In the vanguard of the pushback is Sen. Marco Rubio (R-Fla.), who dismisses the minimum wage as a “stale” weapon in the war on poverty — worse, an ineffective one.
“Raising the minimum wage may poll well, but having a job that pays $10 an hour is not the American dream,” Rubio said in his recent speech marking the 50th anniversary of Lyndon Johnson’s anti-poverty program. “Our current government programs offer at best only a partial solution. They help people deal with poverty, but they do not help them escape it.”
Those are strong words as the movement to raise the federal minimum from the current $7.25 an hour is launched by Sen. Tom Harkin (D-Iowa), Rep. George Miller (D-Martinez) and the White House. (The lawmakers will be joined by chief White House economist Jason Furman at a forum on the topic on Tuesday in Washington.)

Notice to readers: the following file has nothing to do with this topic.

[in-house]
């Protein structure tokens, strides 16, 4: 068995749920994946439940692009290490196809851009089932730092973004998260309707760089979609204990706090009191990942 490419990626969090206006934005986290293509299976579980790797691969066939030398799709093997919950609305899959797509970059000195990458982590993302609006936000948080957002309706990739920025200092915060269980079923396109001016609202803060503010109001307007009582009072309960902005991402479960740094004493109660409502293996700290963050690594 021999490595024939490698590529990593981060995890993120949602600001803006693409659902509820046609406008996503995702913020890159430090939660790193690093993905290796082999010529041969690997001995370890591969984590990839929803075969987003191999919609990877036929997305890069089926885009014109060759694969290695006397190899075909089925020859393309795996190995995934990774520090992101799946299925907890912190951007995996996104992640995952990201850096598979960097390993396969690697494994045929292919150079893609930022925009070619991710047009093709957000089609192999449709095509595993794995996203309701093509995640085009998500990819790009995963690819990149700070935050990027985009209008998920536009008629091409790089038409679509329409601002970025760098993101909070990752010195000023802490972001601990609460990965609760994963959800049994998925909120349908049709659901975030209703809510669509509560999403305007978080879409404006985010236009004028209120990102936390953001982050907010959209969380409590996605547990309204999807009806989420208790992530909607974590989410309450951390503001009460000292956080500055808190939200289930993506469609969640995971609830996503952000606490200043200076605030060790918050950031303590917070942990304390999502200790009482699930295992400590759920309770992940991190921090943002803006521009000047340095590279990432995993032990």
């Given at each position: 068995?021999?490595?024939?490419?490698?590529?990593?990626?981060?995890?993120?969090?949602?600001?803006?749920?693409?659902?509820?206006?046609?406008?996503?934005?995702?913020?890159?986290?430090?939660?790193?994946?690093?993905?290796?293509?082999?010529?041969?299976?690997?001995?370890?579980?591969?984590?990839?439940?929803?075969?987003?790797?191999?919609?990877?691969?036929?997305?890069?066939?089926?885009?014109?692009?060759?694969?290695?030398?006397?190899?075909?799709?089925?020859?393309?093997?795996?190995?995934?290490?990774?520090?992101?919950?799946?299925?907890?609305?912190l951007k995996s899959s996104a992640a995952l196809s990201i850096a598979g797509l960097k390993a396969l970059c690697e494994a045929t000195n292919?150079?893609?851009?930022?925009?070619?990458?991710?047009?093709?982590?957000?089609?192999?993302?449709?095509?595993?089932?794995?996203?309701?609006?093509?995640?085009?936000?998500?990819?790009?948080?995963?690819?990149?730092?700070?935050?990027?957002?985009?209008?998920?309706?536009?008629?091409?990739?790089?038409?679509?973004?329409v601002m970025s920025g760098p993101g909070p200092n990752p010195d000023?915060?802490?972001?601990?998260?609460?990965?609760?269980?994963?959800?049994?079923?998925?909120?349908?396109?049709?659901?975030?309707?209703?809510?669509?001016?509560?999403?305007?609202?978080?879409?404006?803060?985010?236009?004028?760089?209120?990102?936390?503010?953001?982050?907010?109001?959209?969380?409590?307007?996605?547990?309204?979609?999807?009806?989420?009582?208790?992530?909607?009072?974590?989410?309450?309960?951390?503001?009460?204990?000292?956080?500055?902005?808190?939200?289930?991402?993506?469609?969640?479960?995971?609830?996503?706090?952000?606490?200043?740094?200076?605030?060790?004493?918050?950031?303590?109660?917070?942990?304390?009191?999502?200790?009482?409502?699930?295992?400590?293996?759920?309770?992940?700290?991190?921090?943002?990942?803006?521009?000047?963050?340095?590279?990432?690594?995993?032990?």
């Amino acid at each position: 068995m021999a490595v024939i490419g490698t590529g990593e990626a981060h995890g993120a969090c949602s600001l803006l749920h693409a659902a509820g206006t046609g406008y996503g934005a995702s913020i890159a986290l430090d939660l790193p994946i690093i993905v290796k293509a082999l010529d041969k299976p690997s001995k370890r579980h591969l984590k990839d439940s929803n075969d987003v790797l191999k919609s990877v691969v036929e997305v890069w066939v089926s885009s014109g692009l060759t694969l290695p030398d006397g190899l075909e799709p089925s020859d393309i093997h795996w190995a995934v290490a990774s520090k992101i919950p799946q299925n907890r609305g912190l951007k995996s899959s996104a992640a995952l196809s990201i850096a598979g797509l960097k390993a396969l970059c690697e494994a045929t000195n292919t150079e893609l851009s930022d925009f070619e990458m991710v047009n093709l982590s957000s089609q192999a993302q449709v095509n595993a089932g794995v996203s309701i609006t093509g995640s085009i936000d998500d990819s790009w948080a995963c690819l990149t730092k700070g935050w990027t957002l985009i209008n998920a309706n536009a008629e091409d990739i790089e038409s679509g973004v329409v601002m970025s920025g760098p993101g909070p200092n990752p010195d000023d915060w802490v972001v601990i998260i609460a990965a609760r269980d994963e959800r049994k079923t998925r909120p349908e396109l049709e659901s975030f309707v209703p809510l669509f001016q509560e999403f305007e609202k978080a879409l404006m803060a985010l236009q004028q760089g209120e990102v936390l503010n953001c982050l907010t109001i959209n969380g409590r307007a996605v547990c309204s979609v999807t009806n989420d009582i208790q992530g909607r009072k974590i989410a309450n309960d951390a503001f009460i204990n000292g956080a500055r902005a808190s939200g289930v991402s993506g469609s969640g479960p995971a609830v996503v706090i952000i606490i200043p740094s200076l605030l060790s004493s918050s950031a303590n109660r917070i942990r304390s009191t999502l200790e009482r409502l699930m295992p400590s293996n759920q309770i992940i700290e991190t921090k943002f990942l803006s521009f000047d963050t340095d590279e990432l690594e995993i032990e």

But Rubio’s wrong, according to recent research. A study by Arindrajit Dube of the University of Massachusetts concluded that the 39% increase in the federal minimum wage proposed by Harkin and Miller would immediately reduce the poverty rate among America’s nonelderly population by 1.7 percentage points. Over time, the reduction would be 2.5 points. That’s 4.6 million people lifted out of poverty immediately, and 6.8 million over time.